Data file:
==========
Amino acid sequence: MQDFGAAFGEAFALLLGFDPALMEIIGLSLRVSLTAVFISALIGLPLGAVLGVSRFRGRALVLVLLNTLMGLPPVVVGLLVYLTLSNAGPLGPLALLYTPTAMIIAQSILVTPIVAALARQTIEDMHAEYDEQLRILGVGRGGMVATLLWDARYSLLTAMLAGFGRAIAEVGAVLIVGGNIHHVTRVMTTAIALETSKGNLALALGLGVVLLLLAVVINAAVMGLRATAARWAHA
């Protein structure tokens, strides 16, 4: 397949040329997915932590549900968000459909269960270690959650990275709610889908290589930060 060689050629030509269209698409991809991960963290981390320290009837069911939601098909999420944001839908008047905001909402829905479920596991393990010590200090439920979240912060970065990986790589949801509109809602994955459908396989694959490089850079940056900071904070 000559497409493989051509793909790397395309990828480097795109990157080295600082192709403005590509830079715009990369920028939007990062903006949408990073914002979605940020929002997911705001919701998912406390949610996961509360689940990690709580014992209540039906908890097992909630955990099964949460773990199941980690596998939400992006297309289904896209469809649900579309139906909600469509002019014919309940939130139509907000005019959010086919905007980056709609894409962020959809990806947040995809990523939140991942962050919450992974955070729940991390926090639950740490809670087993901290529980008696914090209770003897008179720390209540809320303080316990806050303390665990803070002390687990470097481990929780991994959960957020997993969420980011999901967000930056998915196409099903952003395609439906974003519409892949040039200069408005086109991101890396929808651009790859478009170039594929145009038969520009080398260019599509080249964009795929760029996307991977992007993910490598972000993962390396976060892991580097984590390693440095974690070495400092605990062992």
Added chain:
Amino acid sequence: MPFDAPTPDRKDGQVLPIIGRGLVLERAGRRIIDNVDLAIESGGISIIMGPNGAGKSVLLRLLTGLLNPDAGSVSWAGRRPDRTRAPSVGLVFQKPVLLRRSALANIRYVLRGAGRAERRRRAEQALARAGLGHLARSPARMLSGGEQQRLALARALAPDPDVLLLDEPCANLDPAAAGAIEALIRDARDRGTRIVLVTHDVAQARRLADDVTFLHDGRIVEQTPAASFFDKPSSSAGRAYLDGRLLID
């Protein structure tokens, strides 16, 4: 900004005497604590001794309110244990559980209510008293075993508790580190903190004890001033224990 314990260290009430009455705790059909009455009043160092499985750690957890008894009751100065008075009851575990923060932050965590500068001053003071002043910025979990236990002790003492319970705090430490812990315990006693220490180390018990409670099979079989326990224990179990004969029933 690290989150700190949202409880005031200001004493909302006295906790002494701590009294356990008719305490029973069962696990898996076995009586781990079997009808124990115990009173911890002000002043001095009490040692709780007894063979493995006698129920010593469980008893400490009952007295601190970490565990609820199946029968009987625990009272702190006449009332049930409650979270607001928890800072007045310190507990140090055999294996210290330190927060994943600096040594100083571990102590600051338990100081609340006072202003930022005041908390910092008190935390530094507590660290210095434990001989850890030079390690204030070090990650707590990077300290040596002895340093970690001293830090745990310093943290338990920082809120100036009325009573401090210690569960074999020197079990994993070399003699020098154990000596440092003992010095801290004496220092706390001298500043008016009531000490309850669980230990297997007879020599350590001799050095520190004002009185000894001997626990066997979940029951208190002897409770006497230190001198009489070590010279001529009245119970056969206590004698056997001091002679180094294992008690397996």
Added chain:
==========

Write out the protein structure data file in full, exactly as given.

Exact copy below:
Amino acid sequence: MQDFGAAFGEAFALLLGFDPALMEIIGLSLRVSLTAVFISALIGLPLGAVLGVSRFRGRALVLVLLNTLMGLPPVVVGLLVYLTLSNAGPLGPLALLYTPTAMIIAQSILVTPIVAALARQTIEDMHAEYDEQLRILGVGRGGMVATLLWDARYSLLTAMLAGFGRAIAEVGAVLIVGGNIHHVTRVMTTAIALETSKGNLALALGLGVVLLLLAVVINAAVMGLRATAARWAHA
């Protein structure tokens, strides 16, 4: 397949040329997915932590549900968000459909269960270690959650990275709610889908290589930060 060689050629030509269209698409991809991960963290981390320290009837069911939601098909999420944001839908008047905001909402829905479920596991393990010590200090439920979240912060970065990986790589949801509109809602994955459908396989694959490089850079940056900071904070 000559497409493989051509793909790397395309990828480097795109990157080295600082192709403005590509830079715009990369920028939007990062903006949408990073914002979605940020929002997911705001919701998912406390949610996961509360689940990690709580014992209540039906908890097992909630955990099964949460773990199941980690596998939400992006297309289904896209469809649900579309139906909600469509002019014919309940939130139509907000005019959010086919905007980056709609894409962020959809990806947040995809990523939140991942962050919450992974955070729940991390926090639950740490809670087993901290529980008696914090209770003897008179720390209540809320303080316990806050303390665990803070002390687990470097481990929780991994959960957020997993969420980011999901967000930056998915196409099903952003395609439906974003519409892949040039200069408005086109991101890396929808651009790859478009170039594929145009038969520009080398260019599509080249964009795929760029996307991977992007993910490598972000993962390396976060892991580097984590390693440095974690070495400092605990062992």
Added chain:
Amino acid sequence: MPFDAPTPDRKDGQVLPIIGRGLVLERAGRRIIDNVDLAIESGGISIIMGPNGAGKSVLLRLLTGLLNPDAGSVSWAGRRPDRTRAPSVGLVFQKPVLLRRSALANIRYVLRGAGRAERRRRAEQALARAGLGHLARSPARMLSGGEQQRLALARALAPDPDVLLLDEPCANLDPAAAGAIEALIRDARDRGTRIVLVTHDVAQARRLADDVTFLHDGRIVEQTPAASFFDKPSSSAGRAYLDGRLLID
């Protein structure tokens, strides 16, 4: 900004005497604590001794309110244990559980209510008293075993508790580190903190004890001033224990 314990260290009430009455705790059909009455009043160092499985750690957890008894009751100065008075009851575990923060932050965590500068001053003071002043910025979990236990002790003492319970705090430490812990315990006693220490180390018990409670099979079989326990224990179990004969029933 690290989150700190949202409880005031200001004493909302006295906790002494701590009294356990008719305490029973069962696990898996076995009586781990079997009808124990115990009173911890002000002043001095009490040692709780007894063979493995006698129920010593469980008893400490009952007295601190970490565990609820199946029968009987625990009272702190006449009332049930409650979270607001928890800072007045310190507990140090055999294996210290330190927060994943600096040594100083571990102590600051338990100081609340006072202003930022005041908390910092008190935390530094507590660290210095434990001989850890030079390690204030070090990650707590990077300290040596002895340093970690001293830090745990310093943290338990920082809120100036009325009573401090210690569960074999020197079990994993070399003699020098154990000596440092003992010095801290004496220092706390001298500043008016009531000490309850669980230990297997007879020599350590001799050095520190004002009185000894001997626990066997979940029951208190002897409770006497230190001198009489070590010279001529009245119970056969206590004698056997001091002679180094294992008690397996």
Added chain: